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IN HER LIFETIME: Female Morbidity and Mortality in Sub-Saharan Africa and postpartum, and hemorrhage is one of the four leading causes of maternal deaths in Sub-Saharan Africa (Royston and Armstrong, 1989). Anemia is estimated to account for one-fifth to one-tenth of all maternal deaths in many countries of the region; in the extreme circumstances of two refugee camps in Somalia, over 90 percent of maternal deaths were associated with anemia (WHO, 1992). Again, however, it is probably more accurate to say that it is the combination of preexisting anemia, hemorrhage, and lack of access to medical care that causes women to die. Morbidity Scientific studies relating malnutrition to both infectious and noncommunicable diseases have proliferated over the past decade. A large number of micronutrient deficiencies have been found to impair the function of the immune system, particularly through their effect on cellular immunity (Buzina et al., 1989; Rose and Martorell, 1992). The negative effect of zinc deficiency on the immune system seems to be particularly notable. As far as noncommunicable diseases are concerned, the effect of malnutrition is cumulative, and primarily manifests itself in disease outcomes during the postreproductive years. Obesity, and probably excess dietary fat, are risk factors for both diabetes and coronary heart disease, while low consumption of the antioxidant vitamins—A, E, and C—increases the risk of developing most, if not all, cancers (Slater and Block, 1991; UN, 1992). Although the negative impact of specific nutrient deficiencies on the effectiveness of the immune system has been demonstrated, the functional significance in increased morbidity is less well established. The largest body of scientific evidence concerns the relationship between PEM and diarrhea. While virtually all studies show a strong association between these two widespread health problems of childhood, the direction of causality has been more difficult to establish. Careful longitudinal studies suggest that preexisting PEM has a limited effect on the incidence of diarrhea, but significantly increases duration (Leslie, 1982; Tomkins and Watson, 1989). A study of over 300 children between the ages of 6 and 32 months in northern Nigeria at the end of the rainy season found that diarrhea lasted 37 percent longer in stunted children and 79 percent longer in wasted children; in this particular study, wasted children also had diarrhea more frequently (Tomkins, 1981). A longitudinal study of the functional consequences of malnutrition in the Embu district of Kenya produced several important findings concerning the relationship between nutritional deficiency and subsequent morbidity, not only among preschool-age children, but also among reproductive age women (Neumann et al., 1992). One of the most striking results of the research was the finding that morbidity rates for the study sample as a whole doubled during a drought-related food shortage in 1984 compared with 1985, when dietary intake had returned to more normal levels. The same research found that stunting among toddlers (18 to 30 months) and, to a lesser extent, low weight-for-age significantly increased risk of acute lower respiratory tract infections (Neumann et al., 1992). The percentage of time that female infants and toddlers spent ill was somewhat higher than for boys (47 percent versus 42 percent), and girls were found to have a duration of severe illness that was, on average, twice as long as for boys. Girls also experienced an energy deficit during severe illness that was more than double that of boys, although this was somewhat balanced by a larger food intake during convalescence. Lagged analysis showed improved quality and quantity of food intake to be protective against severe illness among girls and boys, with both incidence and duration affected. Insight into the life span effects of malnutrition was offered by the particularly notable finding of the Embu study that lower rates of maternal illness and a higher fat intake among mothers were both significant predictors of less morbidity among their toddlers. The researchers interpreted both factors as indicative of higher levels of energy among mothers, who would then be better able to prevent or treat their children's illness. Morbidity rates among Embu women were significantly higher among pregnant women than among nonpregnant women of reproductive age (Neumann et al., 1992). In addition to the well-established negative effects of pregnancy on the immune system, the researchers attributed the greater morbidity among pregnant women to their lower food intake. As with toddlers, among both pregnant and nonpregnant women, higher levels of food intake (particularly total energy, fat, and animal protein) were found to be protective against severe illness. Overall, women in this study had higher illness rates than men, a difference that persisted even when pregnant women were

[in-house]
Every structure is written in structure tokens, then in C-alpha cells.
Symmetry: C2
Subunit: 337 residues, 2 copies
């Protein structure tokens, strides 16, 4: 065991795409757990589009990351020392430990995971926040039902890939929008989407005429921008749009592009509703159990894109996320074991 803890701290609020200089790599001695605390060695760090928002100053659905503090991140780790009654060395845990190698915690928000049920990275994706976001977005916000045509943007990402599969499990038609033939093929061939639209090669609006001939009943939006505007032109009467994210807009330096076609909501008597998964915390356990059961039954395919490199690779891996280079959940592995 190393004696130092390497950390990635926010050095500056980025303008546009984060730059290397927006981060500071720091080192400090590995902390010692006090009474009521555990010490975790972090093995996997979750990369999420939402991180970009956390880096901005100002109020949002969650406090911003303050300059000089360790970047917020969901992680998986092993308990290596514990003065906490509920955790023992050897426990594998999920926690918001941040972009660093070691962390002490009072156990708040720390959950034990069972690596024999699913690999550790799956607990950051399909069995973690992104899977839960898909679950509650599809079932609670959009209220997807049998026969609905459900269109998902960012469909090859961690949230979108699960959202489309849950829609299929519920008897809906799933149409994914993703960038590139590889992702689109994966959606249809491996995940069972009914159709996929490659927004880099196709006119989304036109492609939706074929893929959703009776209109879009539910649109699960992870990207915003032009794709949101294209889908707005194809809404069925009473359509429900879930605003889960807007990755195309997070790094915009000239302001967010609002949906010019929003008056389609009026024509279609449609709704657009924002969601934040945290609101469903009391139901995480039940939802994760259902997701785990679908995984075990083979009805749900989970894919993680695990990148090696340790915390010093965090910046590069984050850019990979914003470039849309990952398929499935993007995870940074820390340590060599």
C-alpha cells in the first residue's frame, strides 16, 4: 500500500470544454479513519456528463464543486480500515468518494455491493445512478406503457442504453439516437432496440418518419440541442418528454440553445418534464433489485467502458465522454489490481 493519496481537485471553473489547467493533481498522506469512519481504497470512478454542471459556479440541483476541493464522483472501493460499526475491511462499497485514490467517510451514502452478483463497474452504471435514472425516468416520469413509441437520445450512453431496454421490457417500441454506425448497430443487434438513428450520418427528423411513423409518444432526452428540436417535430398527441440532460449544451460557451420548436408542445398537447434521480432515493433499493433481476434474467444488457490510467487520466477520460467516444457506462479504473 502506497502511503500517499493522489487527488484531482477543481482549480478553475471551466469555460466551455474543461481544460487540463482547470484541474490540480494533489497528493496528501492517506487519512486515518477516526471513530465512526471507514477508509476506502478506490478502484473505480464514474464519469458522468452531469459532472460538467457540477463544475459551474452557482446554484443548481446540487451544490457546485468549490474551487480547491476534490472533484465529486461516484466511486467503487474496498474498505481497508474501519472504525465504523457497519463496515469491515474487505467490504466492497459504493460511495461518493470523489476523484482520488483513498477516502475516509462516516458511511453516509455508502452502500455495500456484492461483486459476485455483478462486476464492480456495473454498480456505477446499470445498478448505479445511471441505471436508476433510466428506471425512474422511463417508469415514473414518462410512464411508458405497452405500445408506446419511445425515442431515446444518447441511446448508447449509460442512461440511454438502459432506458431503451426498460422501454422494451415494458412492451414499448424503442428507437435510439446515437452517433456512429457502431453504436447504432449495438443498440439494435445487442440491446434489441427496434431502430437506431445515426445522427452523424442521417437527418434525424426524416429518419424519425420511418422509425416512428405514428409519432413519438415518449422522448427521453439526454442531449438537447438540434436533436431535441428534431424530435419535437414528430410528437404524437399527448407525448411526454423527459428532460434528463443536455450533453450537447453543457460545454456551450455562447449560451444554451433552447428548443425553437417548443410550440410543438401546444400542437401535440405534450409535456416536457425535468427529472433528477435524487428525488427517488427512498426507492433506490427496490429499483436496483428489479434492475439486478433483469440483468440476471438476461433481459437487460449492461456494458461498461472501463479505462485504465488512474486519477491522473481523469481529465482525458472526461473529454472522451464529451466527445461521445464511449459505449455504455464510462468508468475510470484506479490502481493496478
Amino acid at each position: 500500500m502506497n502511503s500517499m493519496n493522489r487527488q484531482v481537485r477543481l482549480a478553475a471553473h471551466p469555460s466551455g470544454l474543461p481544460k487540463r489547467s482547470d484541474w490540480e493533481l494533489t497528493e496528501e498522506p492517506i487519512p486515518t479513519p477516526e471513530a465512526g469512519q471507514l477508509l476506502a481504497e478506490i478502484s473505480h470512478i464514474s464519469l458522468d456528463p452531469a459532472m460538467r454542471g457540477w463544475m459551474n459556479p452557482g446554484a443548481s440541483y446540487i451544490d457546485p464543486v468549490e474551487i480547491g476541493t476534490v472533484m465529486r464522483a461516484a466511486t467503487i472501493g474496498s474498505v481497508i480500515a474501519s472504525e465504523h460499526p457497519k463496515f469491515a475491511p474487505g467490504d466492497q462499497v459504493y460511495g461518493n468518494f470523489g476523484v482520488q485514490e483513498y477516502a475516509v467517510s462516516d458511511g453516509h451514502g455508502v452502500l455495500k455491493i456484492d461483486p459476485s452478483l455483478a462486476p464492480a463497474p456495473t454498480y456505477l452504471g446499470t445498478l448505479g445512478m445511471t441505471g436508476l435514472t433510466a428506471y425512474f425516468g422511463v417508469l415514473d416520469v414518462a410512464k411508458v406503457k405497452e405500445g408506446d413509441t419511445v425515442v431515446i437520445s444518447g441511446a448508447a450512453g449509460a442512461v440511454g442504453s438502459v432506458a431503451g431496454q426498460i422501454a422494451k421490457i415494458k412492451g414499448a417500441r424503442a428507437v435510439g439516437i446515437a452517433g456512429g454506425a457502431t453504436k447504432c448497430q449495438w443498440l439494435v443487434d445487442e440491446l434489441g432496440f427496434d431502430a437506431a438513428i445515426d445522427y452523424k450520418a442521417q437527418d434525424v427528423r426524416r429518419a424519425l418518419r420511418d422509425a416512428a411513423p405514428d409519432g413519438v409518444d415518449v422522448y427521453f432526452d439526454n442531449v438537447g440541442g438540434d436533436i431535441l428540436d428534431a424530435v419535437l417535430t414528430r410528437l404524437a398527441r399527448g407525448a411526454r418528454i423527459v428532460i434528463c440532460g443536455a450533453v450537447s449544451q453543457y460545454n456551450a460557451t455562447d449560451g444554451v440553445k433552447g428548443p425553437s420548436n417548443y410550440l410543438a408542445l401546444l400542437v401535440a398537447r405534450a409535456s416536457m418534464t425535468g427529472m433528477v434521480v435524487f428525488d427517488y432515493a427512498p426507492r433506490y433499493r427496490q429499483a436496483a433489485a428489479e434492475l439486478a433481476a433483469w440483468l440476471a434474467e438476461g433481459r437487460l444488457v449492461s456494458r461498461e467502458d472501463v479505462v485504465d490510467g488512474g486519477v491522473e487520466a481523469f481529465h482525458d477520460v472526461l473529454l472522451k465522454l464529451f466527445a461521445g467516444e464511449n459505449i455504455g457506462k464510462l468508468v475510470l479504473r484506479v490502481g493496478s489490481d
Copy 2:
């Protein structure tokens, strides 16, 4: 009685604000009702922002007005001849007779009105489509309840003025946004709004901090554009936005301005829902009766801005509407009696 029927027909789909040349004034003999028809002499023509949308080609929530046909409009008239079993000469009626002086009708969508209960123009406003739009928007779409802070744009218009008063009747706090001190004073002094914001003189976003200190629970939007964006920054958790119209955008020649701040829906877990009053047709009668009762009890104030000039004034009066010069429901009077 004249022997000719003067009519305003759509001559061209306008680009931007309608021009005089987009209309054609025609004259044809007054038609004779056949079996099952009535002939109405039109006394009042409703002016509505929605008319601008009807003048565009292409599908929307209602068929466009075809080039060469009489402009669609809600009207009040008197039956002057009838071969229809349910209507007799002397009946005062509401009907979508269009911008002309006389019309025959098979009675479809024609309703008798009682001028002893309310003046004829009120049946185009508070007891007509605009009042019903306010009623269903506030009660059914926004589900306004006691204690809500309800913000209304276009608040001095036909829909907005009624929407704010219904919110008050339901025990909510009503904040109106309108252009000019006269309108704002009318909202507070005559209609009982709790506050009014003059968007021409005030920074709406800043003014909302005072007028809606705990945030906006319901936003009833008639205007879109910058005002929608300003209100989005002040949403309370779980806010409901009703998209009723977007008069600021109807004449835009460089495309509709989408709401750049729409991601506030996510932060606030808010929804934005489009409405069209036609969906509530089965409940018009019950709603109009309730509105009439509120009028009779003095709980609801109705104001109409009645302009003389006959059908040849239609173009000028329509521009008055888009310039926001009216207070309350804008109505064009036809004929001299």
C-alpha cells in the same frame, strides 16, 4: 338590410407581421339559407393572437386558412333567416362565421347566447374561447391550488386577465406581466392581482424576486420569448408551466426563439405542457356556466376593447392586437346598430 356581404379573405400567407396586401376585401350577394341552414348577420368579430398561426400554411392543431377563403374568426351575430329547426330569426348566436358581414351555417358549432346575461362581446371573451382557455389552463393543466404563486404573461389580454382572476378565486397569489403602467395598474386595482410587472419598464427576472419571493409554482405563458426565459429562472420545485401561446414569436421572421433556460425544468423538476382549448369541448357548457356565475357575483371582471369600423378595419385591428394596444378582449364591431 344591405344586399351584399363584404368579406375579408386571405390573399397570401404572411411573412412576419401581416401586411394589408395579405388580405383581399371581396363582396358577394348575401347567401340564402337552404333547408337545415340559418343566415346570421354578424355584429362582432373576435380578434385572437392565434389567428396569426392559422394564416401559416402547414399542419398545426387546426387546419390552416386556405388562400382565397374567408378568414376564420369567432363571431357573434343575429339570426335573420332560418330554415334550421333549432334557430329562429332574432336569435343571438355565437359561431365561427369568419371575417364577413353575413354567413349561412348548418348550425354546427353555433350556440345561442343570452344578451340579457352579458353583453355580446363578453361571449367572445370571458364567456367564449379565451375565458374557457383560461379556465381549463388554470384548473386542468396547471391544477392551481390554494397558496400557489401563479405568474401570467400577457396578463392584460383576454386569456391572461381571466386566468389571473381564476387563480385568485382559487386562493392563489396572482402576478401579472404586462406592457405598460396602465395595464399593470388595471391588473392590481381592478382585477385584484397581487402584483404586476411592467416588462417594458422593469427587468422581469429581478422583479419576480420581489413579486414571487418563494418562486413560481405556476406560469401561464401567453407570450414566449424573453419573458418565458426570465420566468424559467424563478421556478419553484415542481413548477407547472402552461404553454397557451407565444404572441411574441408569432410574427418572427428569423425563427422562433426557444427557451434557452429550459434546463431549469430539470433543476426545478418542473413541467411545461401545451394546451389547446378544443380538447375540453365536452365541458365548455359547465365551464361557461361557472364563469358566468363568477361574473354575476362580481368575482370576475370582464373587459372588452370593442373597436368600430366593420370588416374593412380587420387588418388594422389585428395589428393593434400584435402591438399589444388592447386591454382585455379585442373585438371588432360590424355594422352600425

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IN HER LIFETIME: Female Morbidity and Mortality in Sub-Saharan Africa excluded from the comparison. The authors caution, however, that because women were the main informants, male illness may have been underreported. Cognitive Development and School Performance One of the clearest intergenerational effects of female malnutrition is the significant level of cretinism, deafness, and other congenital abnormalities among infants born to mothers who are severely iodine-deficient. Endemic cretinism is estimated to affect up to 10 percent of the population living in severely iodine-deficient areas (Hetzel, 1988). There are pockets of severe iodine deficiency in the majority of Sub-Saharan African countries; in the region as a whole, there are estimated to be at least 500,000 overt cretins whose condition is ascribed to maternal iodine deficiency during pregnancy (UN, 1992). In addition to congenital cretinism, children who suffer from iodine deficiency during their preschool or school years also show delayed mental development—although unlike cretinism, these cognitive impairments can be reduced with appropriate nutritional intervention. PEM in children is also strongly associated with impaired motor and mental development (Pinstrup-Andersen et al., in press; Pollitt, 1990). The effects appear to be both direct and indirect. A child who is malnourished is often apathetic or irritable, and thus tends to receive less attention and positive stimulation than a better-nourished child in a similar environment. PEM is negatively associated both with the likelihood that children will go to school and with how well they are able to learn there (Leslie and Jamison, 1990). The study of the functional consequences of malnutrition among the Embu in Kenya discussed above found negative effects of malnutrition on cognitive development among both toddlers and school-age children (Neumann et al., 1992). In both age groups, stunted children were found to do less well on cognitive tests than children with normal height for age, controlling for other factors. Better dietary quality, particularly increased intake of animal source protein, fat, and several micronutrients (including but not limited to iodine), was found to have a significant positive effect on cognitive development. In addition, current activity level was strongly related to concurrent energy intake, and activity level and exploratory behavior were found to be positively linked to learning among school-age children. There are very few studies—in Sub-Saharan Africa or elsewhere—of the effect of malnutrition on attendance, repetition, or drop-out rates among school-age children, although it is virtually inevitable that a high prevalence of malnutrition or other health problems among school-age children will make them "inefficient" users of educational resources. A detailed study of health and nutrition problems among school-age Yoruba children in Nigeria documents a high proportion of children who go to school without breakfast and a high prevalence of growth retardation and micronutrient deficiencies. The study concludes that these lead to a high drop-out rate, poor intellectual performance, and low educational attainment that must represent a serious economic loss to the government of Nigeria, which spends a quarter of its annual recurrent budget on primary school education (Oduntan, 1975). The life span consequences of malnutrition are also well illustrated by the linkages between malnutrition and schooling. Malnutrition during the preschool and school years has negative effects on girls' (as well as boys') school participation and performance. Low levels of maternal education are, in turn, significantly associated with poor child nutritional status, as well as higher levels of child mortality (Cochrane et al., 1982). Reproductive Function The functional impact of childhood malnutrition discussed above is felt by both males and females, although the long-term consequences may be different, and in some cases more severe, among females. The detrimental effect of malnutrition on reproductive function, however, is specific to females (with the possible exception of the effects of severe malnutrition on male fertility) and has grave life span and intergenerational consequences. Significant declines in fertility during famine, as well as a predictable return to previous levels of fertility once the famine is over, have been well-documented (Stein and Susser, 1978). Frisch (1978) has developed a comprehensive model that relates female malnutrition to a shorter and less efficient reproductive span through delayed menarche; reduced fecundity; lengthened postpartum amenorrhea; and, perhaps, earlier menopause. Nonetheless,